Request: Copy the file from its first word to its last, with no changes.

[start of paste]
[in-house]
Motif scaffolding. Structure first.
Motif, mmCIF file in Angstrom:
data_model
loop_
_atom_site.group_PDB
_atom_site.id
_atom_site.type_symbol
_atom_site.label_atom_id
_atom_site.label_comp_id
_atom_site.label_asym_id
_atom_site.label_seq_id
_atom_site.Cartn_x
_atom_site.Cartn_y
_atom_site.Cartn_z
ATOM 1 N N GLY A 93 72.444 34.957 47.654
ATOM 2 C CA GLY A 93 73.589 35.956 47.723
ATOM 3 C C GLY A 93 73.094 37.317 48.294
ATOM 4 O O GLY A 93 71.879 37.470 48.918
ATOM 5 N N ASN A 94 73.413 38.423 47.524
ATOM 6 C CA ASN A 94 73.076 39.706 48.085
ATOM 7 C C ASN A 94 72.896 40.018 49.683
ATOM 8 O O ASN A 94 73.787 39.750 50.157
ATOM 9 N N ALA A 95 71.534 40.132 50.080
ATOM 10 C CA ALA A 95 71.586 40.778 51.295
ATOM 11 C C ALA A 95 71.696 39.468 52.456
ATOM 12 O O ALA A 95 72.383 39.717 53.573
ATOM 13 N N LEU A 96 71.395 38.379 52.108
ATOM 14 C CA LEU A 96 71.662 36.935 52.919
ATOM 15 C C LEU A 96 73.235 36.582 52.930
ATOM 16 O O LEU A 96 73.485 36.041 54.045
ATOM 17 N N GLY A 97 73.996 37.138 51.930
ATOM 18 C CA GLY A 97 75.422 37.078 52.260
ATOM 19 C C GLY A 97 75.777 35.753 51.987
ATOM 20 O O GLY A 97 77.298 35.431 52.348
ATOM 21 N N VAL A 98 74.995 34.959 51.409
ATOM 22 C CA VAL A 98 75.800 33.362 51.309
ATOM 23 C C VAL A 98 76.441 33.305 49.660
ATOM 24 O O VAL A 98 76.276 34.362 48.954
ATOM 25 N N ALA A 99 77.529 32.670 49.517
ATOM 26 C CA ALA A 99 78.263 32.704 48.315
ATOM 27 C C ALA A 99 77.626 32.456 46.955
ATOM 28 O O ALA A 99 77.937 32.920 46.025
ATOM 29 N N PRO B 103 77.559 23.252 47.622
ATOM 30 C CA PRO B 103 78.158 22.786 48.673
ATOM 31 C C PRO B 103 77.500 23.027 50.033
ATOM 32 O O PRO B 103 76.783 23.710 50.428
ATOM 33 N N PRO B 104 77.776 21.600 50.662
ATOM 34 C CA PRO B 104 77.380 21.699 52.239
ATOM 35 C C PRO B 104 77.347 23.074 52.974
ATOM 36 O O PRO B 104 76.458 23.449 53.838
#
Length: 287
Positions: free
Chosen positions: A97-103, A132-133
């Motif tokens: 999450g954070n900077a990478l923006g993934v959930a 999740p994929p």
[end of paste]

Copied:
[in-house]
Motif scaffolding. Structure first.
Motif, mmCIF file in Angstrom:
data_model
loop_
_atom_site.group_PDB
_atom_site.id
_atom_site.type_symbol
_atom_site.label_atom_id
_atom_site.label_comp_id
_atom_site.label_asym_id
_atom_site.label_seq_id
_atom_site.Cartn_x
_atom_site.Cartn_y
_atom_site.Cartn_z
ATOM 1 N N GLY A 93 72.444 34.957 47.654
ATOM 2 C CA GLY A 93 73.589 35.956 47.723
ATOM 3 C C GLY A 93 73.094 37.317 48.294
ATOM 4 O O GLY A 93 71.879 37.470 48.918
ATOM 5 N N ASN A 94 73.413 38.423 47.524
ATOM 6 C CA ASN A 94 73.076 39.706 48.085
ATOM 7 C C ASN A 94 72.896 40.018 49.683
ATOM 8 O O ASN A 94 73.787 39.750 50.157
ATOM 9 N N ALA A 95 71.534 40.132 50.080
ATOM 10 C CA ALA A 95 71.586 40.778 51.295
ATOM 11 C C ALA A 95 71.696 39.468 52.456
ATOM 12 O O ALA A 95 72.383 39.717 53.573
ATOM 13 N N LEU A 96 71.395 38.379 52.108
ATOM 14 C CA LEU A 96 71.662 36.935 52.919
ATOM 15 C C LEU A 96 73.235 36.582 52.930
ATOM 16 O O LEU A 96 73.485 36.041 54.045
ATOM 17 N N GLY A 97 73.996 37.138 51.930
ATOM 18 C CA GLY A 97 75.422 37.078 52.260
ATOM 19 C C GLY A 97 75.777 35.753 51.987
ATOM 20 O O GLY A 97 77.298 35.431 52.348
ATOM 21 N N VAL A 98 74.995 34.959 51.409
ATOM 22 C CA VAL A 98 75.800 33.362 51.309
ATOM 23 C C VAL A 98 76.441 33.305 49.660
ATOM 24 O O VAL A 98 76.276 34.362 48.954
ATOM 25 N N ALA A 99 77.529 32.670 49.517
ATOM 26 C CA ALA A 99 78.263 32.704 48.315
ATOM 27 C C ALA A 99 77.626 32.456 46.955
ATOM 28 O O ALA A 99 77.937 32.920 46.025
ATOM 29 N N PRO B 103 77.559 23.252 47.622
ATOM 30 C CA PRO B 103 78.158 22.786 48.673
ATOM 31 C C PRO B 103 77.500 23.027 50.033
ATOM 32 O O PRO B 103 76.783 23.710 50.428
ATOM 33 N N PRO B 104 77.776 21.600 50.662
ATOM 34 C CA PRO B 104 77.380 21.699 52.239
ATOM 35 C C PRO B 104 77.347 23.074 52.974
ATOM 36 O O PRO B 104 76.458 23.449 53.838
#
Length: 287
Positions: free
Chosen positions: A97-103, A132-133
């Motif tokens: 999450g954070n900077a990478l923006g993934v959930a 999740p994929p």